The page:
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MIT mathematicians model traffic jams like detonation waves

Most drivers have been stuck in a traffic jam at one point or another. Some of the jams are caused by an accident or closed lanes. Other traffic jams crop up with seemingly no reason.

A group of mathematicians at MIT is working on the development of a new model to explain how and why these so-call phantom traffic jams form. According to the researchers, these types of phantom traffic jams form when there are a lot of cars on the road and small disturbances like a driver hitting the brakes too hard or getting too close to another car. These little disturbances can escalate into a self-sustaining traffic jam.

The model developed by the team of researchers may help road designers build roads to minimize the possibility of phantom traffic jams. The key to the study is the discovery that the mathematics of these jams called jamitons are very similar to the equations used to describe the detonation waves produced by explosions.

The discovery of the jamitons allowed the researchers to solve traffic jam equations first theorized in the 1950's. The equations are reportedly similar to those used in fluid mechanics and model traffic jams as self-sustaining waves. The equations allowed the researchers to calculate the conditions that case a jamitons to form and how fast the jamiton will spread.

According to the researchers, once this type of jamiton forms it is nearly impossible to break up and a driver’s only choice is to wait the jamiton out. The researchers say that the new model can help road designers to determine speed limits that are safer and find stretches of road where accidents are more likely.

One of the researchers, Aslan Kasimov, said, "We wanted to describe this using a mathematical model similar to that of fluid flow." Kasimov and his team say that they discovered that jamitons have a sonic point that separates traffic flow into upstream and downstream components. Communication of the cause of the jamiton to drivers it the downstream segment of traffic is impossible say the researchers.

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RE: The source is pretty simple really
By Mitch101 on 6/10/2009 12:36:34 PM , Rating: 5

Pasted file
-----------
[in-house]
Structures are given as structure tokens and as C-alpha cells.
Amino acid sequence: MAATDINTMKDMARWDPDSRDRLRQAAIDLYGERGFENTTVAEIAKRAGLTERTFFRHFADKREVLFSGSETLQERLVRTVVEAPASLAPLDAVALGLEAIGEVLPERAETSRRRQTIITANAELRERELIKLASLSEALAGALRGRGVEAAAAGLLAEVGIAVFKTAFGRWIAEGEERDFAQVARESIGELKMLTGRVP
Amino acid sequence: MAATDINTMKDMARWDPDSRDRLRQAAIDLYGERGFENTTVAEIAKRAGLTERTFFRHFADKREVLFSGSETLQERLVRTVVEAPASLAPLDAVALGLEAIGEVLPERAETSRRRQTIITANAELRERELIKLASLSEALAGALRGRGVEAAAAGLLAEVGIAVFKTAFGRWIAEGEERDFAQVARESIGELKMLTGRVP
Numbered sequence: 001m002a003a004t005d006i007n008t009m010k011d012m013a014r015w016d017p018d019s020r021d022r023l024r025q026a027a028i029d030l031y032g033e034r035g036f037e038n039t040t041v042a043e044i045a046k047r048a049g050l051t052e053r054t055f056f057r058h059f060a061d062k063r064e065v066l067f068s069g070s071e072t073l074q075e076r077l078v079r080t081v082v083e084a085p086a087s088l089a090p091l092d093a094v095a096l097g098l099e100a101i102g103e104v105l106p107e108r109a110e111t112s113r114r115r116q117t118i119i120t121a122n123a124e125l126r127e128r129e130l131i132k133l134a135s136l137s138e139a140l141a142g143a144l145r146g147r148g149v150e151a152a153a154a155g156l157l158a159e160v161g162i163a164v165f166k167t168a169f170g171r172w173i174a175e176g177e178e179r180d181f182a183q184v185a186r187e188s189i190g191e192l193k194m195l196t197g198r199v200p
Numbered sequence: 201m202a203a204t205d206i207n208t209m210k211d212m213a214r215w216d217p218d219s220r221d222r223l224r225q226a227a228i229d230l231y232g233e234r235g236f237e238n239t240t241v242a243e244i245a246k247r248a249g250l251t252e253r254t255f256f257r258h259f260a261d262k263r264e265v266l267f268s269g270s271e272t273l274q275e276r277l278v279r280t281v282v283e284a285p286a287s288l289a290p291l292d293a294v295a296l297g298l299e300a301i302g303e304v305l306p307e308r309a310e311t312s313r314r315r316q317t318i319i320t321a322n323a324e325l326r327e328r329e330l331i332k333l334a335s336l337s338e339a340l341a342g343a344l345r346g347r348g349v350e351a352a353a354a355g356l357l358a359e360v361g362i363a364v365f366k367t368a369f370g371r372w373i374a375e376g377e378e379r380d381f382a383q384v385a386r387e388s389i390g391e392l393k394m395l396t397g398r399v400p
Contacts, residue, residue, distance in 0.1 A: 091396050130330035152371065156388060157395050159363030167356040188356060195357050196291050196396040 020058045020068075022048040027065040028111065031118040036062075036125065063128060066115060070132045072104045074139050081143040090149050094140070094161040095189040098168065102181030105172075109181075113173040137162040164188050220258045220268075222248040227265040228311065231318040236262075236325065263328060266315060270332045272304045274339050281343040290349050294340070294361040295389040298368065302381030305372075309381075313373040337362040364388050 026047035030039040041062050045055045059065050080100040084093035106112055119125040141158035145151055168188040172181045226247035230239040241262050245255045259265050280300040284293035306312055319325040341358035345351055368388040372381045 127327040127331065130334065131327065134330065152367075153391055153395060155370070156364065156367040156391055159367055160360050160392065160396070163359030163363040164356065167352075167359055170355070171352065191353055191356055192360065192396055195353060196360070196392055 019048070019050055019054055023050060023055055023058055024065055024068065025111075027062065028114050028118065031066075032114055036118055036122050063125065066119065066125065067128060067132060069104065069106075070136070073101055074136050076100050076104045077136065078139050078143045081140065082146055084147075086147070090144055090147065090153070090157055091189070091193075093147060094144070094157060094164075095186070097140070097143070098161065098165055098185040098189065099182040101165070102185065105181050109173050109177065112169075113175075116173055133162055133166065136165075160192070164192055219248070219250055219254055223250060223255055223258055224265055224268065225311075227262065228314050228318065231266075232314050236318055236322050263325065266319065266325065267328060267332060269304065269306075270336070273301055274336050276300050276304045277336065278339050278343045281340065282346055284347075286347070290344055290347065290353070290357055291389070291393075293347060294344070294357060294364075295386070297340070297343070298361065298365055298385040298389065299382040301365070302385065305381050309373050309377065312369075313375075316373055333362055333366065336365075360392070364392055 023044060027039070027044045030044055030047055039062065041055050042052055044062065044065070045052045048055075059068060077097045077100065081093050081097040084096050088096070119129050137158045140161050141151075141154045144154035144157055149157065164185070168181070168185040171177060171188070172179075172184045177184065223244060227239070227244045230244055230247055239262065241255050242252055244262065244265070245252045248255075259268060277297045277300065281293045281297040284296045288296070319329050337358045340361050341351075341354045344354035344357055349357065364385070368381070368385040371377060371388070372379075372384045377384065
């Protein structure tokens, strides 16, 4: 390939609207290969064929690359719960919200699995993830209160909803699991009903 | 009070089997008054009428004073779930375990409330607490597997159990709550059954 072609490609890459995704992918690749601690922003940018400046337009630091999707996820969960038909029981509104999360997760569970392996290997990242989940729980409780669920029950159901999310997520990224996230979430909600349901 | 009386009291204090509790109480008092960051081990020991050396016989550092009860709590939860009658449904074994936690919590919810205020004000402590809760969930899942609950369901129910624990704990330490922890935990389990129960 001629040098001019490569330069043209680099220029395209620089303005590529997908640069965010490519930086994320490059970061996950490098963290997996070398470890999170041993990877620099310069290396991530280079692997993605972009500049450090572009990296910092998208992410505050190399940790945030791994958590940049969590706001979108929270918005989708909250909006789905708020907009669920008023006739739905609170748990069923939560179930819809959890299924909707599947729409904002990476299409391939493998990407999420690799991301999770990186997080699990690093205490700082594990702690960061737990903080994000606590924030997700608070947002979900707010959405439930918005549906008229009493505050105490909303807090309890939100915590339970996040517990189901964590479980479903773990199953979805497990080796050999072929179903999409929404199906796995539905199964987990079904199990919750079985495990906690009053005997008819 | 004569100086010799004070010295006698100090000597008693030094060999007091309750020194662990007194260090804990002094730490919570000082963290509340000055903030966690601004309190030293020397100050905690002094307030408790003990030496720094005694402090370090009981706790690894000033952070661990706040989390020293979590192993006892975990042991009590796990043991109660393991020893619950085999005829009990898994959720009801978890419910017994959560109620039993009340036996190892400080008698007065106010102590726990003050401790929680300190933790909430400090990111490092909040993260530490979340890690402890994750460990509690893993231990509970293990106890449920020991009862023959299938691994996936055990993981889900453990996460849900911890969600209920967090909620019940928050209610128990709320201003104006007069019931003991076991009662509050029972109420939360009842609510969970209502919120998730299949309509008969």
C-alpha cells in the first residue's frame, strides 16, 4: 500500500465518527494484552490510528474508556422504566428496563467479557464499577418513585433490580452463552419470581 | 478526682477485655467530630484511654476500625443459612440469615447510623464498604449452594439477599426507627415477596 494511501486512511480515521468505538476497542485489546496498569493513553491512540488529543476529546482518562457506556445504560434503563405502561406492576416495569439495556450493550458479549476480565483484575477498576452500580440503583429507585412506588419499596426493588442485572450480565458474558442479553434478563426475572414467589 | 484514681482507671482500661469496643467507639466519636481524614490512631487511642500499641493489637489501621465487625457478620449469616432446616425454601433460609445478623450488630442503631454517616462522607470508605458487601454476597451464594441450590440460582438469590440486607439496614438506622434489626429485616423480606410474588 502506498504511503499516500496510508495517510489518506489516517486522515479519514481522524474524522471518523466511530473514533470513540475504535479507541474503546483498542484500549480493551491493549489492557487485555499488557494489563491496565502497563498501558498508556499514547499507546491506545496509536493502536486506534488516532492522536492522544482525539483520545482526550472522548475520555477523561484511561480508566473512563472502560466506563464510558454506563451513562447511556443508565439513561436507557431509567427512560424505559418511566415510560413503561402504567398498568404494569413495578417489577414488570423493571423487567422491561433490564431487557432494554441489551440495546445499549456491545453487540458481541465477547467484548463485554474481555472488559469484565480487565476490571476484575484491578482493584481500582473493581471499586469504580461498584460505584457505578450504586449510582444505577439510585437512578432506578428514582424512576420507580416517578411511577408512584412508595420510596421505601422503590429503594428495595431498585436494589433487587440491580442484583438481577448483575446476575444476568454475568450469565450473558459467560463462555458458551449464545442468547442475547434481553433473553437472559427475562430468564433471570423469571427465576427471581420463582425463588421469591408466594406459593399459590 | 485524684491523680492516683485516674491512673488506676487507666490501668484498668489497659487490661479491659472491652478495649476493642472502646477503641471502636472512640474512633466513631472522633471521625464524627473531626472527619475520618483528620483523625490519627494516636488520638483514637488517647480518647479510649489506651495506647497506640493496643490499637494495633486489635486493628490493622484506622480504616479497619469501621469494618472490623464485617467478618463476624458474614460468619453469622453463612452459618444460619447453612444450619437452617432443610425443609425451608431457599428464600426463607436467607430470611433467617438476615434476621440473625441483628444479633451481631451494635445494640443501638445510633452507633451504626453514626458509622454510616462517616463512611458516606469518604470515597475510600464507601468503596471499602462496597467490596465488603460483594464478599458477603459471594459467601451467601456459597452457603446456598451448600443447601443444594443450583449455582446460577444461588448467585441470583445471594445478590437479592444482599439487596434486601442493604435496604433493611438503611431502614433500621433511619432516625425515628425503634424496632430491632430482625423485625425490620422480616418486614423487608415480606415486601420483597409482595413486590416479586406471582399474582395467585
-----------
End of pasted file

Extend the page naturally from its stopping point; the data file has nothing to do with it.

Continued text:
On the flip side there are idiots who have the mentality NOT IN FRONT OF ME YOU DONT! and speed up closing the hole which would have made merging with the flow smooth but now have a do I go for it or apply the brakes situation because I am running out of room. Sadly I want to say there are more people trying to close that gap by speeding up instead of working with the person trying to merge. Im not trying to pass you but there is much more room in front on you because there are 4 cars tailgating each other behind you.

In all cases I try to change lanes if possible to make for the person merging but not everyone is capable of changing lanes for courtesy.

The reality is there are many people who just cant drive and if you listen to Ron White sometimes you will learn that while you can change just about anything on a person but you cant fix stupid.

By OCedHrt on 6/10/2009 8:26:13 PM , Rating: 2
Everyone is a bit over sensitive here. I don't think mdogs intended the "NOT IN FRONT OF ME" mentality. I have frequently encountered drivers who think turning on the turn signal gives them the right to merge. It doesn't. These are the same drivers that cause accidents by merging into the car next to them.

Applying this to the on ramp: Just because you sped up to 65 or 70 doesn't mean you can merge without looking. As the person entering moving traffic, YOU have to find the space to enter. Of course, a courteous driver on the outside lane does help. In the case of bumper to bumper traffic where there is no space to merge, I'm pretty sure the flow up traffic is not 65+ mph and more like 5 mph. If the traffic can flow up 65+ mph, there WILL be more than your share of adequate spaces to merge into.

"And boy have we patented it!" -- Steve Jobs, Macworld 2007

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